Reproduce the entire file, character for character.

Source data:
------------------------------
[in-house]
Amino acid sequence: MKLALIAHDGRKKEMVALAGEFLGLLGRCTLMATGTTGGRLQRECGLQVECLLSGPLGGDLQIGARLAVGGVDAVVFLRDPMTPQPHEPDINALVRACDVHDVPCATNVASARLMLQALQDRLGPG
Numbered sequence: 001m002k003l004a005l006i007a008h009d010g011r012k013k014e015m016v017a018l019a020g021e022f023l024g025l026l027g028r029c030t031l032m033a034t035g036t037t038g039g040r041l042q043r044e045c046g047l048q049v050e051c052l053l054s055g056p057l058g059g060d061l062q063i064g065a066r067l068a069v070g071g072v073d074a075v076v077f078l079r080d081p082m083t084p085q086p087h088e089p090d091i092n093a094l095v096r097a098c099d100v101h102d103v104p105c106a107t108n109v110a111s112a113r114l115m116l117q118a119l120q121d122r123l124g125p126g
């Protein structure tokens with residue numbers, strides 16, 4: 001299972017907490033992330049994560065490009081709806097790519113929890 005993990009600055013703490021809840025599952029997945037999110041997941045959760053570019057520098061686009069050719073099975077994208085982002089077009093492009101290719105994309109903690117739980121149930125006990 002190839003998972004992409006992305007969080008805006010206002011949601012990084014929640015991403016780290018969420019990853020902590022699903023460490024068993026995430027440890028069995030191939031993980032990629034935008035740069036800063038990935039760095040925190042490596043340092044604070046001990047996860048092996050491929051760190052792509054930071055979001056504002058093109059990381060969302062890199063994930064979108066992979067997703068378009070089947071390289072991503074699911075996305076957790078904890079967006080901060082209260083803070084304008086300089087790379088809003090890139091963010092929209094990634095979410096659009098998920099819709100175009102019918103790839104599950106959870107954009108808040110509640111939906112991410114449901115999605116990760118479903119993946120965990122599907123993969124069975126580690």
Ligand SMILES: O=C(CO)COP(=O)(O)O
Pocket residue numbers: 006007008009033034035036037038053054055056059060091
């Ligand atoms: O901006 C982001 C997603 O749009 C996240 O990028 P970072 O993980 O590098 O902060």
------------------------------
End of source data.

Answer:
[in-house]
Amino acid sequence: MKLALIAHDGRKKEMVALAGEFLGLLGRCTLMATGTTGGRLQRECGLQVECLLSGPLGGDLQIGARLAVGGVDAVVFLRDPMTPQPHEPDINALVRACDVHDVPCATNVASARLMLQALQDRLGPG
Numbered sequence: 001m002k003l004a005l006i007a008h009d010g011r012k013k014e015m016v017a018l019a020g021e022f023l024g025l026l027g028r029c030t031l032m033a034t035g036t037t038g039g040r041l042q043r044e045c046g047l048q049v050e051c052l053l054s055g056p057l058g059g060d061l062q063i064g065a066r067l068a069v070g071g072v073d074a075v076v077f078l079r080d081p082m083t084p085q086p087h088e089p090d091i092n093a094l095v096r097a098c099d100v101h102d103v104p105c106a107t108n109v110a111s112a113r114l115m116l117q118a119l120q121d122r123l124g125p126g
């Protein structure tokens with residue numbers, strides 16, 4: 001299972017907490033992330049994560065490009081709806097790519113929890 005993990009600055013703490021809840025599952029997945037999110041997941045959760053570019057520098061686009069050719073099975077994208085982002089077009093492009101290719105994309109903690117739980121149930125006990 002190839003998972004992409006992305007969080008805006010206002011949601012990084014929640015991403016780290018969420019990853020902590022699903023460490024068993026995430027440890028069995030191939031993980032990629034935008035740069036800063038990935039760095040925190042490596043340092044604070046001990047996860048092996050491929051760190052792509054930071055979001056504002058093109059990381060969302062890199063994930064979108066992979067997703068378009070089947071390289072991503074699911075996305076957790078904890079967006080901060082209260083803070084304008086300089087790379088809003090890139091963010092929209094990634095979410096659009098998920099819709100175009102019918103790839104599950106959870107954009108808040110509640111939906112991410114449901115999605116990760118479903119993946120965990122599907123993969124069975126580690």
Ligand SMILES: O=C(CO)COP(=O)(O)O
Pocket residue numbers: 006007008009033034035036037038053054055056059060091
């Ligand atoms: O901006 C982001 C997603 O749009 C996240 O990028 P970072 O993980 O590098 O902060």